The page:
Just like the entire US educational system.

Key Lessons from “Where You Go Is Not Who You’ll Be”

1.      The American Educational System Is Deeply Flawed and Biased
2.      Your University Doesn’t Define You: It’s What You Do There That Does
3.      Widen Your Horizons: Choose a College That Doesn’t Suit You (but Sparks Your Curiosity)

The American Educational System Is Deeply Flawed and Biased

Every year the U.S. News & World Report publishes a highly influential Best Colleges ranking. And every year prospective students eagerly await its publication so that it can help them in their decision on which college to attend.

However, due to the rankings system being highly unscientific and subjective, and due to the fact that the admission process is demonstrably biased toward the rich, the white, and the legacies, many students end up not only rejected but also depressed and directionless.

The point of an educational system, of course, is the very opposite.

Your University Doesn’t Define You: It’s What You Do There That Does

On the bright side, the CEOs of most Fortune 500 companies, many politicians and vice presidents, numerous Nobel Prize winners, and creative geniuses have never attended an Ivy League College. In other words, all of them have succeeded despite joining minor and relatively unimportant universities.

This shouldn’t surprise anyone because numerous studies have revealed that much more important than the university you choose is the way you spend your time there. Being deeply and actively involved in campus activity or group, for example, has been shown most decisively to be a significant factor in one’s happiness later in life.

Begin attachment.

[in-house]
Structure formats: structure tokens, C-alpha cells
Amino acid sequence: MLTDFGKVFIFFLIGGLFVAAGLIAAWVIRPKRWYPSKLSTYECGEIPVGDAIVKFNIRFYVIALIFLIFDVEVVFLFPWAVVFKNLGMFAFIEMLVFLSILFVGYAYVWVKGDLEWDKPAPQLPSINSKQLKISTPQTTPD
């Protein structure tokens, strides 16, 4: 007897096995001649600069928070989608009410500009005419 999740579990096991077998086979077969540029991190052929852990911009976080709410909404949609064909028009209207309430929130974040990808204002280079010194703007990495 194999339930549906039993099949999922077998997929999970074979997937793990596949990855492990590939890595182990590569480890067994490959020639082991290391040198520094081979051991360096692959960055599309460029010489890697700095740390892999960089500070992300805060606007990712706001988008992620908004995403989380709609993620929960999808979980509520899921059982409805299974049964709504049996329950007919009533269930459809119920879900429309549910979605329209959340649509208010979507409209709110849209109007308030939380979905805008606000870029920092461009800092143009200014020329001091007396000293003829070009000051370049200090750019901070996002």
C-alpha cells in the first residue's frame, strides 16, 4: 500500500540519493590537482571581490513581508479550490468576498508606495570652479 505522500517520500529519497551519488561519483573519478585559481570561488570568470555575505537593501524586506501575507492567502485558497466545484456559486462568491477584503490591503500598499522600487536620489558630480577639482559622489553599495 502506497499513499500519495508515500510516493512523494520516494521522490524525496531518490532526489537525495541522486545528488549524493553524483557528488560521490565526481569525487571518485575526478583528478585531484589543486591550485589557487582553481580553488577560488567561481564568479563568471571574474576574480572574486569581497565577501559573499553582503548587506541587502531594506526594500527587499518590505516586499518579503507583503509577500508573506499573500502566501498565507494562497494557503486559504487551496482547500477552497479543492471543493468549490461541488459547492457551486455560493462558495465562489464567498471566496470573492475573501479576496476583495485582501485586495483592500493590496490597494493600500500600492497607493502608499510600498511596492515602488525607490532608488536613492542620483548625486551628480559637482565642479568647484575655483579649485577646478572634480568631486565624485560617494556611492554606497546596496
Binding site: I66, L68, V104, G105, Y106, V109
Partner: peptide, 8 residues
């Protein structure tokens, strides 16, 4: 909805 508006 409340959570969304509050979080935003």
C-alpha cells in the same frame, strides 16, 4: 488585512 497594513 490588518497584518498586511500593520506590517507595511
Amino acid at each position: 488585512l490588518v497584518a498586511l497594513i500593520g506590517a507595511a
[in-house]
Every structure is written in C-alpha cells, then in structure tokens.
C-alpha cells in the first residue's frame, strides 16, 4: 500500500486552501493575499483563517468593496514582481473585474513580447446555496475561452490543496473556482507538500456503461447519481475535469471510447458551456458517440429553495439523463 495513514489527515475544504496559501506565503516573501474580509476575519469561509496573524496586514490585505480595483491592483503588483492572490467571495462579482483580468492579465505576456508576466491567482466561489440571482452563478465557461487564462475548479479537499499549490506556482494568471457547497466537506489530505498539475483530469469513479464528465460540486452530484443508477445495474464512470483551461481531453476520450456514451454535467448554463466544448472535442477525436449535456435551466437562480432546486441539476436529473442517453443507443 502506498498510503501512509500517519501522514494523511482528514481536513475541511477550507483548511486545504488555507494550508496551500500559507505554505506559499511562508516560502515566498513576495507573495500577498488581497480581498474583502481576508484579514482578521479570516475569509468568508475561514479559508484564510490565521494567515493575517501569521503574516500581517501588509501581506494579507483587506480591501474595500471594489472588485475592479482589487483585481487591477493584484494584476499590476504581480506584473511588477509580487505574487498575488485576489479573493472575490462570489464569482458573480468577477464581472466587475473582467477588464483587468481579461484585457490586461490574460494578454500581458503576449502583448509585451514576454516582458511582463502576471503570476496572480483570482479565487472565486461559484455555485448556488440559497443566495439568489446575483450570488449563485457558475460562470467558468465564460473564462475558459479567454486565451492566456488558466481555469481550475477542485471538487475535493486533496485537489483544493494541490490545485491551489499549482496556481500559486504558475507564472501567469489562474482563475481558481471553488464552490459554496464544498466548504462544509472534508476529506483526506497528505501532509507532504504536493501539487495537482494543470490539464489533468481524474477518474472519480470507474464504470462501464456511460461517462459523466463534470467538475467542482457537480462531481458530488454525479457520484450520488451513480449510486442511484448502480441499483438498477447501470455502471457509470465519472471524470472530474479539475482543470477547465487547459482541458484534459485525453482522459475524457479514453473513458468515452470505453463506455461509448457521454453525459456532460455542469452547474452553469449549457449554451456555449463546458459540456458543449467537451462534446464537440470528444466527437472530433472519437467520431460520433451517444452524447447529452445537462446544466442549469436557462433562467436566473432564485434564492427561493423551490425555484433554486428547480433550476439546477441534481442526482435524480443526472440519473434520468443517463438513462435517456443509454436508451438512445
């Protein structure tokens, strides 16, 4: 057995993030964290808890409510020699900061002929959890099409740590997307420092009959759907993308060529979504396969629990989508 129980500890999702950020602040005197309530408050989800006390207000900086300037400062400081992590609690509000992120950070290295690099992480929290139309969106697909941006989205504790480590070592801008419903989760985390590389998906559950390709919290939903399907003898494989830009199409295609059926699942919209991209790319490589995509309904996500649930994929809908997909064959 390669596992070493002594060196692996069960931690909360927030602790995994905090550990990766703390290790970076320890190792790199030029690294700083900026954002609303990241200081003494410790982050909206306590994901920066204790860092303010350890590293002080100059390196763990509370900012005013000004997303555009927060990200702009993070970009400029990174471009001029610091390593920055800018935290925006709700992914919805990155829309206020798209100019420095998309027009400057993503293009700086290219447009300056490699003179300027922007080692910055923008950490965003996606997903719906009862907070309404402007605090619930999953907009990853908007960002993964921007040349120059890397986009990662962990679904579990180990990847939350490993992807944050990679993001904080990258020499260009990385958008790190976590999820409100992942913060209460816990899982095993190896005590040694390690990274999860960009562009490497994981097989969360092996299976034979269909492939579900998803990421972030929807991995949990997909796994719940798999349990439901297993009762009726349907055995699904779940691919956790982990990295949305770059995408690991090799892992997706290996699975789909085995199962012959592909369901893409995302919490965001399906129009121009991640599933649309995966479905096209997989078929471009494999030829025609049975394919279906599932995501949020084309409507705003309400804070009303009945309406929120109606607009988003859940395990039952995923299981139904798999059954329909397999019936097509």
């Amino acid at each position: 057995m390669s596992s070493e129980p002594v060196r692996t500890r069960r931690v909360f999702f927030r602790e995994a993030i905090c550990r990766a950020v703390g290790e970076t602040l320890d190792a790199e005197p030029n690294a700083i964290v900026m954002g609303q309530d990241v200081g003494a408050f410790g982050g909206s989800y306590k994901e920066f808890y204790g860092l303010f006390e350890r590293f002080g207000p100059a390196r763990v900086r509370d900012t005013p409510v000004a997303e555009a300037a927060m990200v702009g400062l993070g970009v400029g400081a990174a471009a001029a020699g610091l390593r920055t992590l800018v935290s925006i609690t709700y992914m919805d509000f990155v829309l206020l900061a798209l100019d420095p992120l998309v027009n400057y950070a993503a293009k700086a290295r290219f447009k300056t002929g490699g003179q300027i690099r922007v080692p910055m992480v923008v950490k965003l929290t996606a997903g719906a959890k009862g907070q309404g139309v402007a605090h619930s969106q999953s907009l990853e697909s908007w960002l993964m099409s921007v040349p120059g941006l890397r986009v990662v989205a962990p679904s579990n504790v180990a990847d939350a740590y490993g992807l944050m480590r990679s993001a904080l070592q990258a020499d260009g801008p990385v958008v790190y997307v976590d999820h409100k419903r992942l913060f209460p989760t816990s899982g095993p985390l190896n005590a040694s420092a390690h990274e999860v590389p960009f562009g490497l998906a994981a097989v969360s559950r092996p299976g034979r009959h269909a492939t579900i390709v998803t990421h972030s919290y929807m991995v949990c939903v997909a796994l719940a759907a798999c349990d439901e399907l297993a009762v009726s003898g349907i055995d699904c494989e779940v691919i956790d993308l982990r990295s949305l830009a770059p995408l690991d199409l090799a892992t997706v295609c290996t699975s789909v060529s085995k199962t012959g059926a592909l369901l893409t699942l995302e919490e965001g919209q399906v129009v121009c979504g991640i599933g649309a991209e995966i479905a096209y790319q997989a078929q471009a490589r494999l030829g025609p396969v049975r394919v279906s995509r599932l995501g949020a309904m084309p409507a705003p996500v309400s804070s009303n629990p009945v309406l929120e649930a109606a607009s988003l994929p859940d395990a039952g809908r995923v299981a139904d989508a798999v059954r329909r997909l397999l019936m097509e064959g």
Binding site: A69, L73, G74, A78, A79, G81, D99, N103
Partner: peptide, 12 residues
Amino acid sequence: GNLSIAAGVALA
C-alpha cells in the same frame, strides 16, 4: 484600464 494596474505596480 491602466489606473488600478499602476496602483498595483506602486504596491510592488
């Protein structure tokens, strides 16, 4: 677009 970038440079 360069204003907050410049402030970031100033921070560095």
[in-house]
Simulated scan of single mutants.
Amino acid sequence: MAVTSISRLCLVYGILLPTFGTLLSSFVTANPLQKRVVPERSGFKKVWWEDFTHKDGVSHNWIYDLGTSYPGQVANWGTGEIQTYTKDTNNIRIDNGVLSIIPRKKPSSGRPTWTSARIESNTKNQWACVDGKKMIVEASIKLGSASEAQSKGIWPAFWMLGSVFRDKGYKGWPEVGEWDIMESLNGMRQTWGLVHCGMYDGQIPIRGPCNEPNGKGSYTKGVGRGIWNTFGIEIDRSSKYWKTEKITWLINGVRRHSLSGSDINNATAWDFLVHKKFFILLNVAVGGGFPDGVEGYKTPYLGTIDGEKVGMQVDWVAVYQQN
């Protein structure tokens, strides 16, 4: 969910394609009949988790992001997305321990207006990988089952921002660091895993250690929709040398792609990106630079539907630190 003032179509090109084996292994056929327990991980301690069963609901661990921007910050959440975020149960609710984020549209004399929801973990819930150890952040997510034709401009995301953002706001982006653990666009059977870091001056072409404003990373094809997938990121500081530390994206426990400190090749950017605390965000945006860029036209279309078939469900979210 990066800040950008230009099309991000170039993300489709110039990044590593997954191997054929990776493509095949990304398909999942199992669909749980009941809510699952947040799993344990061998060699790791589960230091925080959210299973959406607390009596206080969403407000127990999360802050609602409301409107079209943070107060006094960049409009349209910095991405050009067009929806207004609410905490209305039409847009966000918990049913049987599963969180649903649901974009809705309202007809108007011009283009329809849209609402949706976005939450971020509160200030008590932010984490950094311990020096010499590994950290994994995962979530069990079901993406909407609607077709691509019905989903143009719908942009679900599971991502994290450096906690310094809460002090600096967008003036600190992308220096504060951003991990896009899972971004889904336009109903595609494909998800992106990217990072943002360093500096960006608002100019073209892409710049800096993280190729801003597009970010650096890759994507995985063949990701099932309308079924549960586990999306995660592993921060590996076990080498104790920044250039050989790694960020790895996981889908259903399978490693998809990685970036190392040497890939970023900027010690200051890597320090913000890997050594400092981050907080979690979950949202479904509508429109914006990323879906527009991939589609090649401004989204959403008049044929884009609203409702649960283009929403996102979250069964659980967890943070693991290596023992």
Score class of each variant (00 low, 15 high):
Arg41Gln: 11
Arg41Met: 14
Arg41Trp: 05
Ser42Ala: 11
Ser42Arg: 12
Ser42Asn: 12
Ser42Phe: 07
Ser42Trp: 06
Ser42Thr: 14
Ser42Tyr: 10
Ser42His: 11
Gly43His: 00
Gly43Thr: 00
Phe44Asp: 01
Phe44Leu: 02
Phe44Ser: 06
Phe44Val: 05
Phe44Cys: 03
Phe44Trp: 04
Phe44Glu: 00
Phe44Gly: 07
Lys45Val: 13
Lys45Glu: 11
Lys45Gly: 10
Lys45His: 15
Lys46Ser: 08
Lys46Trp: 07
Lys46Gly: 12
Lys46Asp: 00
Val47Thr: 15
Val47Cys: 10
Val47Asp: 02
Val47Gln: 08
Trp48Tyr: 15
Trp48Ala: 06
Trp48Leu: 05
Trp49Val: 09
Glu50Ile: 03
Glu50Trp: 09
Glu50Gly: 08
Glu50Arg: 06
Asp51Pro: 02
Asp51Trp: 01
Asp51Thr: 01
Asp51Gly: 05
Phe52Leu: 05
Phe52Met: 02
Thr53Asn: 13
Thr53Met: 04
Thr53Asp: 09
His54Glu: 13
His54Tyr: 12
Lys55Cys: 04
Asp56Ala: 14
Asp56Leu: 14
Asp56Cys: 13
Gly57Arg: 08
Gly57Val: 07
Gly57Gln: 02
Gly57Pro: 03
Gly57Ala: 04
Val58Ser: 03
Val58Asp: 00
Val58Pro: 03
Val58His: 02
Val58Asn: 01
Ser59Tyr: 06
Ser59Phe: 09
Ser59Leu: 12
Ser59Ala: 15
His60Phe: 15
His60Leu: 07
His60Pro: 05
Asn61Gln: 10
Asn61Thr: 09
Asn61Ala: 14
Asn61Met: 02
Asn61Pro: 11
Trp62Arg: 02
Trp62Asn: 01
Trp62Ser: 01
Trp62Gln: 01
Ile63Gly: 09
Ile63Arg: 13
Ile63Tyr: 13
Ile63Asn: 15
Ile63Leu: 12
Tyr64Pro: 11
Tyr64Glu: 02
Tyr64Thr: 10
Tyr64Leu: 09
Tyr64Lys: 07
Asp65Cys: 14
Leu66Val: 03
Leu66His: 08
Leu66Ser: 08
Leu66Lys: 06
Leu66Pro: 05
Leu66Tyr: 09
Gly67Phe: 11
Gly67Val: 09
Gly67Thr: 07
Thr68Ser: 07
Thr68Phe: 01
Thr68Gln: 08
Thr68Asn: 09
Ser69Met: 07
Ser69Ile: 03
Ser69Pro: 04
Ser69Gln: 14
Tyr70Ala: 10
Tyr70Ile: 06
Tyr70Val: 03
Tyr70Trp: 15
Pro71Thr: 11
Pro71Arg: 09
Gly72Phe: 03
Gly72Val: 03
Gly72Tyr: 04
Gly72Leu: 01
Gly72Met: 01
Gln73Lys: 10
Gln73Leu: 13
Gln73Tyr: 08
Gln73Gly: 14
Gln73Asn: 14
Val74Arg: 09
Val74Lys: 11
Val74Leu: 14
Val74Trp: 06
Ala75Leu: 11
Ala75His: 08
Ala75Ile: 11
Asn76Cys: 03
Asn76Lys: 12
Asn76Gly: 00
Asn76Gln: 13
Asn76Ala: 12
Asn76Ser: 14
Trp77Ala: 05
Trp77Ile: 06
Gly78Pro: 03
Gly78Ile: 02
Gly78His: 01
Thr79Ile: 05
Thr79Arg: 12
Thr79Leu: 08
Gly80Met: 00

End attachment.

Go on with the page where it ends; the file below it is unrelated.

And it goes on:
So, don’t just dabble around in activities trying to fill out your resume. Join smartly. Connect. Experience being a part of something. That’s something happiness is made of.

Widen Your Horizons: Choose a College That Doesn’t Suit You (but Sparks Your Curiosity)

Speaking of happiness – the more diverse a university is, the more likely it should result in one’s contentment. College should be all about leaving your comfort zone and experiencing range: elite schools, usually, achieve quite the opposite.

“College,” writes Bruni, “is a singular opportunity to rummage through and luxuriate in ideas, to give your brain a vigorous workout and your soul a thorough investigation, to realize how very large the world is, and to contemplate your desired place in it.”

One more thing while we’re here. 

Believe it or not, according to a nationwide Gallup poll, only 9% of business leaders deem the ranking of your college a “very important” employment factor. 85%, on the other hand, think your field-relevant knowledge is the most important employment criterion.

Do you still think that not getting into an Ivy League College spells the end of your life?

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“Where You Go Is Not Who You’ll Be Quotes”

To all the high school kids in this country who are dreading the crossroads of college admissions and to all the young adults who felt ravaged by it. We owe you and the whole country a better, more constructive way. Click To Tweet Does a prestigious college make you successful in life? Or do you do that for yourself? Click To Tweet It’s not where you went to school… It’s how hard you work. Click To Tweet I think there’s a conceit, a myth, that you can go and sit in a university and things will come to you. They don’t. You have to go to them. (Via Condoleezza Rice) Click To Tweet You told me that ‘enthusiasm inhabits his every gesture.’ If that stays true through this crazy college crossroads and remains the case beyond it, he’ll be a graced man. Probably a happy one, too. Click To Tweet

Our Critical Review

Where You Go Is Not Who You’ll Be is more than just a good book – it is also a useful book. In fact, to anyone who might take it as seriously as Bruni intends it, it might also prove to be a life-changing book.

True, some parts of it sound a bit forced and the book, overall, falls prey to some biases – especially the survivorship bias – but, all in all, it is a book one should definitely read before making a decision on his future education.

We promise you: Bruni’s book will certainly make the process easier.